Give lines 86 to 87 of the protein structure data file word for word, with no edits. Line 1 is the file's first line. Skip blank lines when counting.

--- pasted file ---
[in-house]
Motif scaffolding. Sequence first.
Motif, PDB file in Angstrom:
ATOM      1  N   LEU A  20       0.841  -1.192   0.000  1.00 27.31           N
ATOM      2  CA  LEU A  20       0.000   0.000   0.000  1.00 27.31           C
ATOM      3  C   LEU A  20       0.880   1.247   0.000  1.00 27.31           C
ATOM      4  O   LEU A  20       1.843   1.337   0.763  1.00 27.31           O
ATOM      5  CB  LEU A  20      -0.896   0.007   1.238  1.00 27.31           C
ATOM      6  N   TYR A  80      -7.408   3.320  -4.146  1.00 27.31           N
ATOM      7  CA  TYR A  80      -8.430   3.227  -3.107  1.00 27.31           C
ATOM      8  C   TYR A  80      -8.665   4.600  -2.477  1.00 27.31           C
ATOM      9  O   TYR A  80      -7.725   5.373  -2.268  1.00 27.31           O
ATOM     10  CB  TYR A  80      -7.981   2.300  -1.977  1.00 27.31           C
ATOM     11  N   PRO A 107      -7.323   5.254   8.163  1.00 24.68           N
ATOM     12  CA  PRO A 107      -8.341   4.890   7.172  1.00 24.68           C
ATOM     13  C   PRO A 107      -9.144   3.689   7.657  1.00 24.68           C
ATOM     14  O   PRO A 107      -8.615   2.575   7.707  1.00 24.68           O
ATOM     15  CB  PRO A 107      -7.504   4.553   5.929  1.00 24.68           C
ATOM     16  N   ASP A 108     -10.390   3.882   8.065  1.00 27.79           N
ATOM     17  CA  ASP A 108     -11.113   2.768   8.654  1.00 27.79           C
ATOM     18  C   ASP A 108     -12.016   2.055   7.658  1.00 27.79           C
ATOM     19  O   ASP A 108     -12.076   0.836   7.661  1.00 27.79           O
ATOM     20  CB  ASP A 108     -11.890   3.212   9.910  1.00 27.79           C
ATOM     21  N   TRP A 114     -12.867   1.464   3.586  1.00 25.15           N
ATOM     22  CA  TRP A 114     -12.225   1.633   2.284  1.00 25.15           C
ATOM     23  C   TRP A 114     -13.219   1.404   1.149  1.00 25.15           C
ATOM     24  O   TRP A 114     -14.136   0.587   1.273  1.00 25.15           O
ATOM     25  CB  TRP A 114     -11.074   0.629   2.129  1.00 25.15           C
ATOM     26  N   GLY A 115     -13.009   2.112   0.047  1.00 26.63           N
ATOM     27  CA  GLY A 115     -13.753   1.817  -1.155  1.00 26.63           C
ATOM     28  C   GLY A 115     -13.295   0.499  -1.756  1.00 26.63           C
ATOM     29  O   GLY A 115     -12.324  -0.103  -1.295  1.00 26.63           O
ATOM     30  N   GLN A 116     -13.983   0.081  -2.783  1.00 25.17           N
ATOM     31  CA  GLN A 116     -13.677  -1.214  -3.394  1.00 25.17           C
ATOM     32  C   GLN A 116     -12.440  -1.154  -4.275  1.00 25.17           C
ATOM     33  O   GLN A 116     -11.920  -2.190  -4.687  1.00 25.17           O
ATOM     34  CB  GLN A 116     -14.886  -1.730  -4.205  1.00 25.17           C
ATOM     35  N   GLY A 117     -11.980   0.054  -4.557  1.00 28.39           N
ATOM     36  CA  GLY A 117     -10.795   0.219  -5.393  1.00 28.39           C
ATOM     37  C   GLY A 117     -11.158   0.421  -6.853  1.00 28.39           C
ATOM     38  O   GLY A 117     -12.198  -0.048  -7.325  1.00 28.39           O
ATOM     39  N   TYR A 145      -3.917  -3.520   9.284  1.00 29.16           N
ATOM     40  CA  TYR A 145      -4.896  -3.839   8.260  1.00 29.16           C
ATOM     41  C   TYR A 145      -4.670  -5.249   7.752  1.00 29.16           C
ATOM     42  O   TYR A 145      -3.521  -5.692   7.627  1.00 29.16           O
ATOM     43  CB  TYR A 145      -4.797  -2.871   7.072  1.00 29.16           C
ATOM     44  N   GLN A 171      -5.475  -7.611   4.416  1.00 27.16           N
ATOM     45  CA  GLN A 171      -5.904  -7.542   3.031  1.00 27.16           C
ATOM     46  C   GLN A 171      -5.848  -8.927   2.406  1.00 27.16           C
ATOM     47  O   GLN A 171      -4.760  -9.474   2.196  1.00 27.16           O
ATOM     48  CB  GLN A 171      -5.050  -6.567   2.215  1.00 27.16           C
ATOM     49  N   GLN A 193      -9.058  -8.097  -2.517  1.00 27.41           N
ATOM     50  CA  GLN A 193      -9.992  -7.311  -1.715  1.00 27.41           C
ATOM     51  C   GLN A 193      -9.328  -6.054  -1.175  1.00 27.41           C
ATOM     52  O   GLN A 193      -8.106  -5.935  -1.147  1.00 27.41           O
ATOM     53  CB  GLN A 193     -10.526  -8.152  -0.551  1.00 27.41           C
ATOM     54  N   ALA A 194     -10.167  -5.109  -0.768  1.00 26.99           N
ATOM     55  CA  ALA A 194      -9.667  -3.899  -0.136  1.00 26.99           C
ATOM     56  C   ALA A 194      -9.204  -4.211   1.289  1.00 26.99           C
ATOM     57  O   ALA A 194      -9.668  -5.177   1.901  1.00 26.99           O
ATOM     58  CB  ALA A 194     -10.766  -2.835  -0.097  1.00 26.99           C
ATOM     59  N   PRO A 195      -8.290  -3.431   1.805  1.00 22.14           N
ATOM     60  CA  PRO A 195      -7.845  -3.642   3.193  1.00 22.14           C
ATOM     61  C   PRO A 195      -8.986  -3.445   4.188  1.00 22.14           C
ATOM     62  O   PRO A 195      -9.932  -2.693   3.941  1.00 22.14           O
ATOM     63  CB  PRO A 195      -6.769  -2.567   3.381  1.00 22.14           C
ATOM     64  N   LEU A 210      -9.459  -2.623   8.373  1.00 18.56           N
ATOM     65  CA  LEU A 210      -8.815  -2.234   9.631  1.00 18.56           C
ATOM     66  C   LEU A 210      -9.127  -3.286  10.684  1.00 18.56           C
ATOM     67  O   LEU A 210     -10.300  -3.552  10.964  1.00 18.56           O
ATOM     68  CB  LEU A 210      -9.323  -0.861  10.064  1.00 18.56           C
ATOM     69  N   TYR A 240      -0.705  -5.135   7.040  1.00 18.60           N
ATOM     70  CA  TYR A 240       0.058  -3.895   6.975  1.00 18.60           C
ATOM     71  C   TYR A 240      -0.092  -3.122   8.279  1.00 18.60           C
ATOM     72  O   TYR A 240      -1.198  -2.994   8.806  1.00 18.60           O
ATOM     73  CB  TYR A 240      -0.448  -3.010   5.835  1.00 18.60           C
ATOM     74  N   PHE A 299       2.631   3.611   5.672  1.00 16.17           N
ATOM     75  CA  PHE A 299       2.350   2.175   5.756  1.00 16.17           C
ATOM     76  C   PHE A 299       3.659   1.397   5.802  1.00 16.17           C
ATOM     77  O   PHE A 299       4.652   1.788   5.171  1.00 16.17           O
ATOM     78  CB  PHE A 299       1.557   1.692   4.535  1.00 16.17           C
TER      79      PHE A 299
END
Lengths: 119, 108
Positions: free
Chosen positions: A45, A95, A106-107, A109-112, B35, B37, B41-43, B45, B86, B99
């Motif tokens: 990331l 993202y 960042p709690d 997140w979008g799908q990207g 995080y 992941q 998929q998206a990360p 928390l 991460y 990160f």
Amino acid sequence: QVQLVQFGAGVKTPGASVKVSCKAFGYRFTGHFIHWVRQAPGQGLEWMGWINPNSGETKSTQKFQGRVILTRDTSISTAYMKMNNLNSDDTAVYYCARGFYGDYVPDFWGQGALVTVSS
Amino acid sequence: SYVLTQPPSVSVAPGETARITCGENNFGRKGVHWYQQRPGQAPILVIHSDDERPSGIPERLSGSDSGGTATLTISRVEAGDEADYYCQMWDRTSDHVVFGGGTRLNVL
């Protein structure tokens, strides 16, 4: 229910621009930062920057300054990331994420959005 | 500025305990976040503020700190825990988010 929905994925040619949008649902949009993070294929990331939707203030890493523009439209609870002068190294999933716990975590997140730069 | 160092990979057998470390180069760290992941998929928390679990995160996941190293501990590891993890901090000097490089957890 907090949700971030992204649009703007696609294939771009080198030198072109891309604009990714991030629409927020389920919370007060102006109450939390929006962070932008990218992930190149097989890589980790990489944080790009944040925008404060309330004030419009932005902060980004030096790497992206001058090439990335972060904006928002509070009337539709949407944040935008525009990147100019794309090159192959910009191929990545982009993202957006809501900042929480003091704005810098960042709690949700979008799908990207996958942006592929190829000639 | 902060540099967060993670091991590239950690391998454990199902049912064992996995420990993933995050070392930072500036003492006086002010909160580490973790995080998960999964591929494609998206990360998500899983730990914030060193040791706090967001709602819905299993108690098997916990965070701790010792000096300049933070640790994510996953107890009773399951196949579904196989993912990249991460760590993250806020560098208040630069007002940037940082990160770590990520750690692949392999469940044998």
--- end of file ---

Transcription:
Chosen positions: A45, A95, A106-107, A109-112, B35, B37, B41-43, B45, B86, B99
């Motif tokens: 990331l 993202y 960042p709690d 997140w979008g799908q990207g 995080y 992941q 998929q998206a990360p 928390l 991460y 990160f």